We did do some useful things, like trying to sort out the fundraising but I’ve also been applying for University in 2007. Back to student hood for me and a working life dedicated to conservation (hopefully).

I’m not going to do a round up of Thailand as we’ve not really ventured off the beaten track and have been holidaying rather than travelling which, believe me, are very different. Holidaying is more like relaxation and travelling, for us, is about broadening our understanding of the world.

Here’s a few comments about Thailand though.

It’s true, there are ladyboys around
Thai people are pleasant, straight forward and well organised.
I love Chaing Mai
Thailand is a good place to go on holiday – Hooray for that.

Oh and just one more minor detail. South America is off and we’re coming home for Christmas. Hooray for that too!

Thank you!!!

Yes, I am officially reet old now! Reet reet old!

My birthday was absolutely amazing and that’s a big thank you to loads of people for making it that way!

The day was great, I wasn’t born until seven twenty in the evening and as we’re 6 hours ahead here I could have a great birthday without actually having to be thirty until the following day! Bonus.

John will soon (hopefully) be writing a post about our journey from Laos to Thailand and what we’ve been doing since. (don’t hold your breath just yet, he’s a bit hung over at the moment). While on our 3 day border crossing we made friends with Mey and Dave. They live in Berlin but Dave is Irish. Both joined us for crazy golf and dinner on a boat floating down the river. We had fantastic fun and thanks to John for the surprise boat trip, it was wonderful.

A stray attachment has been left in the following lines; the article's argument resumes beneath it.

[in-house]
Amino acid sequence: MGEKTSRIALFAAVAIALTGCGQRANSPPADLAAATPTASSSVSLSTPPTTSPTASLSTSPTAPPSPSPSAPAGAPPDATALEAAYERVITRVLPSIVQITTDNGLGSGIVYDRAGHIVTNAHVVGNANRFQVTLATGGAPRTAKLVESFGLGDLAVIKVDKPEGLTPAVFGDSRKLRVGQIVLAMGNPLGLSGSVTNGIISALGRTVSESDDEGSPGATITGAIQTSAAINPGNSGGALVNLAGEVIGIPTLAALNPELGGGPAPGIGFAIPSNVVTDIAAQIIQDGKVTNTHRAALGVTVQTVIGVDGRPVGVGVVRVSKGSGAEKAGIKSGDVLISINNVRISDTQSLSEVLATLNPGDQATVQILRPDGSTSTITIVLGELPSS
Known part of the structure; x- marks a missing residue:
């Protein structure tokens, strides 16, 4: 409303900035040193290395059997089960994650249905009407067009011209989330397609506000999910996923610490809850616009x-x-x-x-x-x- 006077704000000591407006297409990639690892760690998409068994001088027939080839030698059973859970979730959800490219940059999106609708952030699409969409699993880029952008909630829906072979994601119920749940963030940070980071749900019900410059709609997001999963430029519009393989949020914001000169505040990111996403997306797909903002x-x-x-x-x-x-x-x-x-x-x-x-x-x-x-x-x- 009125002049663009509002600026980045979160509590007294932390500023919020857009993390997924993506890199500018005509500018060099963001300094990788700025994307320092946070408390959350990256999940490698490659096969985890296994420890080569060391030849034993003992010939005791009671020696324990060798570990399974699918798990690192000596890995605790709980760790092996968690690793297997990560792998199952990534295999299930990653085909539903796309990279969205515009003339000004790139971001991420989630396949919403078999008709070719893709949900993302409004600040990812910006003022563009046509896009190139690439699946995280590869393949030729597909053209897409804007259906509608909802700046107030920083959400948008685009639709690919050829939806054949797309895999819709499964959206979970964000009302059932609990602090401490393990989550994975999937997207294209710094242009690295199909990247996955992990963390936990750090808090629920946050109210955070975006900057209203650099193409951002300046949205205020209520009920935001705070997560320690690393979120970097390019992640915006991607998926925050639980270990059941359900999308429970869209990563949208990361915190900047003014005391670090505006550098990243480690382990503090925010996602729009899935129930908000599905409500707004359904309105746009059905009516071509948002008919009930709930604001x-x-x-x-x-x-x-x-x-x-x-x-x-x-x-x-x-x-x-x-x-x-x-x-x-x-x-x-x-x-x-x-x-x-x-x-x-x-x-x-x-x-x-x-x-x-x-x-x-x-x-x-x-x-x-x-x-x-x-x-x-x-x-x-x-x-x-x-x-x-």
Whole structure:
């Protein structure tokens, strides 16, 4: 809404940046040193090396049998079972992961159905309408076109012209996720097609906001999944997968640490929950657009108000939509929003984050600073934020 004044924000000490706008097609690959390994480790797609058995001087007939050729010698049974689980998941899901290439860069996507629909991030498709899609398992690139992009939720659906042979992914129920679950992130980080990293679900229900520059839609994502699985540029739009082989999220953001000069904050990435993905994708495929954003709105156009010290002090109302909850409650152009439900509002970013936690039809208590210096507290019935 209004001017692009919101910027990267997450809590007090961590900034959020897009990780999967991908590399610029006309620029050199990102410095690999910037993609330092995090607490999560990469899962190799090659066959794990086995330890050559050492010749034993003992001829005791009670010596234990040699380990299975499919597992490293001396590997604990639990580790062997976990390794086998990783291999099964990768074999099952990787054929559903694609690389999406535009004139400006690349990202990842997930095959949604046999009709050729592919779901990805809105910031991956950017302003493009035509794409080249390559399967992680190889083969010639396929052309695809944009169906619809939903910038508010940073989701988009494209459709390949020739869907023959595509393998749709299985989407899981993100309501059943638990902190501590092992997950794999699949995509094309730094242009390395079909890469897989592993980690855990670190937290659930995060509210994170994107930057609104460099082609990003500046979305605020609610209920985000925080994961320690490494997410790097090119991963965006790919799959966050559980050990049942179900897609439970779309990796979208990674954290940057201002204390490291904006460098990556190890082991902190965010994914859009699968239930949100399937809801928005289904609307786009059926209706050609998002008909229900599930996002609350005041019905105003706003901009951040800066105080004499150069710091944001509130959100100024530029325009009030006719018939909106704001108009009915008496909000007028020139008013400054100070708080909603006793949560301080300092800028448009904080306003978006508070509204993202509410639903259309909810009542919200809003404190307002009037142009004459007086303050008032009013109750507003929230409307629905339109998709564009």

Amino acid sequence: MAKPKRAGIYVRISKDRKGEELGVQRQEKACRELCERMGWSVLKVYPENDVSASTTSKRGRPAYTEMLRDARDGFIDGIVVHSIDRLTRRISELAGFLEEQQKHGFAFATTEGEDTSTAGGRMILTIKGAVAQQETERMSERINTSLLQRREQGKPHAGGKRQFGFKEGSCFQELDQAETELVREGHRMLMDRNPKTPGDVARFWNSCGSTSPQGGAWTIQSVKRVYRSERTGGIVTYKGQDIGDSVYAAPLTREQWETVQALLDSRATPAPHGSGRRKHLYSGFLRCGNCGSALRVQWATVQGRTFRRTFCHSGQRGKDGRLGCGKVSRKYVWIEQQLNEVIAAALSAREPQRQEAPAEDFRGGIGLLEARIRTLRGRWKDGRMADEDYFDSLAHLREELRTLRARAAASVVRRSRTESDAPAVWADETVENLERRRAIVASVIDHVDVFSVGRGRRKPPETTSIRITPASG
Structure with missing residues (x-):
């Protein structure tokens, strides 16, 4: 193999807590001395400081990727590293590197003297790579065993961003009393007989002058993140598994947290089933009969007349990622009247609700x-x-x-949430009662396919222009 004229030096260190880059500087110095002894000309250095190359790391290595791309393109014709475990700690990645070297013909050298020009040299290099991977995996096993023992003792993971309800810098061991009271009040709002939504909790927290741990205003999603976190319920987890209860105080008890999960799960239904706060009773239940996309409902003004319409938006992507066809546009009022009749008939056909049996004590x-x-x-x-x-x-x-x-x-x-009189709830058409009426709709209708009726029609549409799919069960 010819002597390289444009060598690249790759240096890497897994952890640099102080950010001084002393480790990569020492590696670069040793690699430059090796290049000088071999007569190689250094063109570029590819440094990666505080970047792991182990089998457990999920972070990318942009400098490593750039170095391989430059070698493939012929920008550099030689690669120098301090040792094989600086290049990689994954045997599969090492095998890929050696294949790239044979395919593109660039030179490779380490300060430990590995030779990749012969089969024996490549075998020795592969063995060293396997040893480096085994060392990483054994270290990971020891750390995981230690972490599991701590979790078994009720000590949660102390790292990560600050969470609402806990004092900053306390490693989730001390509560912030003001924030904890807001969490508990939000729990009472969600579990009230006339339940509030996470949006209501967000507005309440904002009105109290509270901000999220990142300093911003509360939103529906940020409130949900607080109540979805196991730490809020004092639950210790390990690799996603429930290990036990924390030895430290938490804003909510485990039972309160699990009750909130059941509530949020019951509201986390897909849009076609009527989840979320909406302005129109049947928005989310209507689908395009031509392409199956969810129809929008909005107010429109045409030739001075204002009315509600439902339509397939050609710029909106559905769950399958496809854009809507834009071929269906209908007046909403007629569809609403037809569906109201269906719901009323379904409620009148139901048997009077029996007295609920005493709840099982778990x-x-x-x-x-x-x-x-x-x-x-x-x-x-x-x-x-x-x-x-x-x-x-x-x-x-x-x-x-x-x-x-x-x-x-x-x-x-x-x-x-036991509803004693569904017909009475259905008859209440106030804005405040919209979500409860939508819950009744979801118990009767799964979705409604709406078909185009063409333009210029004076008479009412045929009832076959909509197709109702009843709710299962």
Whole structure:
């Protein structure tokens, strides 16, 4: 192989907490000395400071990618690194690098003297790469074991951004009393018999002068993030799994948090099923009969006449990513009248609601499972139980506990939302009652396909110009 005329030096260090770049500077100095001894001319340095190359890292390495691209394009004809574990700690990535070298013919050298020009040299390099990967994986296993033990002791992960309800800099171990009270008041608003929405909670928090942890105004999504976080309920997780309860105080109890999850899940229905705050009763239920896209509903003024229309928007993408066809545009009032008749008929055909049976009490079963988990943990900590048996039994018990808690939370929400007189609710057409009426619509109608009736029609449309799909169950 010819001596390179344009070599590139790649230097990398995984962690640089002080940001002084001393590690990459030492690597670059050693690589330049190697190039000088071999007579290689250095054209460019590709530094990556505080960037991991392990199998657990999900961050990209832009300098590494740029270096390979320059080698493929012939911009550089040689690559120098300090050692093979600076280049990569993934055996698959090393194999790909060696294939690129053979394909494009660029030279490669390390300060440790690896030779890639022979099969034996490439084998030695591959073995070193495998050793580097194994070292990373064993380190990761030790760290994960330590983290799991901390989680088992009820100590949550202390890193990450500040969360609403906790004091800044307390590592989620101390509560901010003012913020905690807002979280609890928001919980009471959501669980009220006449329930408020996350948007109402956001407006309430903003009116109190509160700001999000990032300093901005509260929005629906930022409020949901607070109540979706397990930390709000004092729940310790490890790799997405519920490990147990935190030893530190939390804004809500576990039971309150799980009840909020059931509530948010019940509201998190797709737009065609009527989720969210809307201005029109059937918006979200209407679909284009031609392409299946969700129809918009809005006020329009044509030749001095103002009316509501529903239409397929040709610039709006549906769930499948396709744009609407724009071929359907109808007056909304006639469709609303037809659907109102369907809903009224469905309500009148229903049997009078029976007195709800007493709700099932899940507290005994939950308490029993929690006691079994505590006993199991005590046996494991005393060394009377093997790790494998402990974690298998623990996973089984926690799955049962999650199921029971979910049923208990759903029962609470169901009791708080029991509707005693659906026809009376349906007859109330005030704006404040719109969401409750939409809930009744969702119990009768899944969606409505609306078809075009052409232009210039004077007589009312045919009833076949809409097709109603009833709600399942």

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Later, the four of us gathered around my birthday cake from John. After i blew the candles out John divided it up between us for a bite to eat. YUK. It was like a beef jerky cake, all salty and meaty. Perhaps he bought it from a pet shop instead of a cake shop? (c Mum). Too revolting to eat but very funny. We decided to stick the rest of the candles in to give us a bit of extra light, it was a bit dark out on the guesthouse balcony. Boy did it burn! It was like a fuel cell in it’s own right, it just kept going and going and going and going! The more tequila we drank, with the lime scavenged from local bars, the funnier it got! It was one of those kind of evenings. A great birthday! Thank you John, Mey and Dave for making it that way.